In keeping with tradition, I have been too afraid to ever attempt to make shortbread again. But I've always been curious about it. So, for Butter Week, we asked a few Chicago pastry chefs their secret for knocking the degree of difficulty of this tricky baking project down a few notches. They offer temperature controls and a certain secret ingredient, which may be enough to add "try to make shortbread again" to my list of resolutions for 2018. Also, "purchase cooling racks."

Anna Posey, pastry chef and co-owner, Elske

Shortbread, like most "simple" recipes can be tricky. And there are a lot of ways to cut, bake, shape it. But the best way to make shortbread is to use very cold butter, and the best butter you can get with a high fat content. Chop the butter into small cubes. Then using a food processor, pulse the butter in until sandy. Then just mix until it comes together. And then I like to chill the dough again before baking! And just for a summary of how to make great shortbread: good ingredients, and very cold butter.


Dana Cree, executive pastry chef of The Publican brand

I like to use cornstarch in my shortbread recipes. Adding a touch of cornstarch helps bind some of the water in shortbread, making it unavailable to participate in gluten formation. It's quite effective, however, so adding too much will cause your cookies to fall apart.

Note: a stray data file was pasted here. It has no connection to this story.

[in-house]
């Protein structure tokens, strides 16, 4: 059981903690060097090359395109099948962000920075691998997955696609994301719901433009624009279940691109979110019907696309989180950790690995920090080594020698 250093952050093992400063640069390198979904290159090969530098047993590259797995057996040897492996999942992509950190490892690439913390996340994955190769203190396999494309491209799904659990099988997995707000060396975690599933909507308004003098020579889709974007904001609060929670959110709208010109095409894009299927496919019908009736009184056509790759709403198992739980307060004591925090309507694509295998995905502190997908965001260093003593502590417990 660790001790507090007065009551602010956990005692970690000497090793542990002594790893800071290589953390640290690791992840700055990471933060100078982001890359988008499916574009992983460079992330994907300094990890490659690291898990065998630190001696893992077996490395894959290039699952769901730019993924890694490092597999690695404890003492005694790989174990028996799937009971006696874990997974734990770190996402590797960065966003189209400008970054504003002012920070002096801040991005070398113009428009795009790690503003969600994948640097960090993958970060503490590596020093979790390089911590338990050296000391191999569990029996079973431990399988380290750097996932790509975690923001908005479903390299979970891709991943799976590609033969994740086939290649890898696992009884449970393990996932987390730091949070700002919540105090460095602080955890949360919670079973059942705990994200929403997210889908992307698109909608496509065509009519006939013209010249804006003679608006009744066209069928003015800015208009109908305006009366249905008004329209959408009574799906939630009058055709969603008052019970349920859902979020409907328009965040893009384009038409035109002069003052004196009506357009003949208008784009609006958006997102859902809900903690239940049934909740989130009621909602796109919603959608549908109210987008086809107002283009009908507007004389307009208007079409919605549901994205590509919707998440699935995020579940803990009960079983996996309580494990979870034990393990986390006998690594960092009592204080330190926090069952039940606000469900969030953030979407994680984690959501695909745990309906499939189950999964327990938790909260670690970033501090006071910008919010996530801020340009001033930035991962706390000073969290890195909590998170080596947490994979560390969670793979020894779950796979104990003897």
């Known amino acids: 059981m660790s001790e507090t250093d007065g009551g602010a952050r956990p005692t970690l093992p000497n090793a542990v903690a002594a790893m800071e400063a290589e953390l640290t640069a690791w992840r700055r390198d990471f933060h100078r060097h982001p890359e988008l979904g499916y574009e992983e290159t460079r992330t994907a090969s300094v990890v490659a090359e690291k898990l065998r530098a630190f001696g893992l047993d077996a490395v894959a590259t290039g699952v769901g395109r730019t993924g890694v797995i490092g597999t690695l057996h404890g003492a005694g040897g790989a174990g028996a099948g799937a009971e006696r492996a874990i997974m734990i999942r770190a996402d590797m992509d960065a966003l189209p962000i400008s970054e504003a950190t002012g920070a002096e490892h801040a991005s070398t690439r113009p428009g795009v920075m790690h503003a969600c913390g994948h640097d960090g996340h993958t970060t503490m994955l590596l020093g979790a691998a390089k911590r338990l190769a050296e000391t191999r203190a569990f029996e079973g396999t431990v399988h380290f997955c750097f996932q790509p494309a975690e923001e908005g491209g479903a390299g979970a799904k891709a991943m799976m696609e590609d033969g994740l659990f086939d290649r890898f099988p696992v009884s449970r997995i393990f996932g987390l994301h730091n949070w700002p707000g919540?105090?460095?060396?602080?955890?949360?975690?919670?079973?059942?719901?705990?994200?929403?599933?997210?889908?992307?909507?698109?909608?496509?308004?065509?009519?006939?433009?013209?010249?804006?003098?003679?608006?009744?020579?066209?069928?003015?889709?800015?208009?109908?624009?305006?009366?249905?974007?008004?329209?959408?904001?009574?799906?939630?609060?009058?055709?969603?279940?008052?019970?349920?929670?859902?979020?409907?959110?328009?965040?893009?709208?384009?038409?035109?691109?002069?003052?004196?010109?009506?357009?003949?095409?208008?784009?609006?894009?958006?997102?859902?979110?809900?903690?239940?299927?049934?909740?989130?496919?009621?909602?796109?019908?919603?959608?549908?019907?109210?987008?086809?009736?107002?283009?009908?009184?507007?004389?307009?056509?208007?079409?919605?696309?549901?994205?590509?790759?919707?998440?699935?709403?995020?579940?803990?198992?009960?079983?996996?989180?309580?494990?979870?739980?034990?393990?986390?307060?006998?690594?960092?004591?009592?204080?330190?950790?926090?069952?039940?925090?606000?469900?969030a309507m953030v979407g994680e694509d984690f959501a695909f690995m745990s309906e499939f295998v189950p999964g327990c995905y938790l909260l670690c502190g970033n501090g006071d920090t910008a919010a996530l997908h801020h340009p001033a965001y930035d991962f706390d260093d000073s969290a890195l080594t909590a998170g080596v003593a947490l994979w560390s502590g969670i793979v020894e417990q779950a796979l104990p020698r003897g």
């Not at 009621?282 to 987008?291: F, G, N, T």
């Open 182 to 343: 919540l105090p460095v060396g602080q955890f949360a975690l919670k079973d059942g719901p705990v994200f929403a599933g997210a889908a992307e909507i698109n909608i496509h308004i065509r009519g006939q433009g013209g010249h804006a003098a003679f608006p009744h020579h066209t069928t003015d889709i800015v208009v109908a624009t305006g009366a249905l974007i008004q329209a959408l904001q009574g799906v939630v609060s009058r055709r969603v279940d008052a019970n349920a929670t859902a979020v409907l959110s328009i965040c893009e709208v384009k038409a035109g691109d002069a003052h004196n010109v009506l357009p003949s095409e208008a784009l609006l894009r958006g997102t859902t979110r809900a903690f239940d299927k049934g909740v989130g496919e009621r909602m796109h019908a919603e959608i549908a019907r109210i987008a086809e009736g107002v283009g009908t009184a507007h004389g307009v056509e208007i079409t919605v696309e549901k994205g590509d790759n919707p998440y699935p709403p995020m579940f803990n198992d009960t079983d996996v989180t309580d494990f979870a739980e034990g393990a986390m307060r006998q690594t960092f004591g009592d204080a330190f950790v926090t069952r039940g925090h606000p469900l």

Claire Smyth, executive pastry chef, Honey’s

A lot of people toss cookies aside as if they are something easy you make for a bake sale, but a good cookie comes with practice, patience, and a watchful eye. When it comes to shortbread, there is a small window between perfect and rock solid. My trick? Cornstarch. With this small addition, you get the perfect crumble without having to add more flour.


Using the whisk attachment to a stand mixer (or work on your arm muscles!), whip the butter until it's almost doubled in size. Slowly add the flour, powdered sugar, and cornstarch. Use a flat sheet tray with a lip, buttered and floured so your cookies won't stick and spread the mixture in one flat layer. I like to make mine thick, so don't be afraid to double or even triple the recipe! Sprinkle granulated sugar and a touch of sea salt over the top and bake at 300 degrees until golden brown. Cool your cookies and cut into bars and enjoy!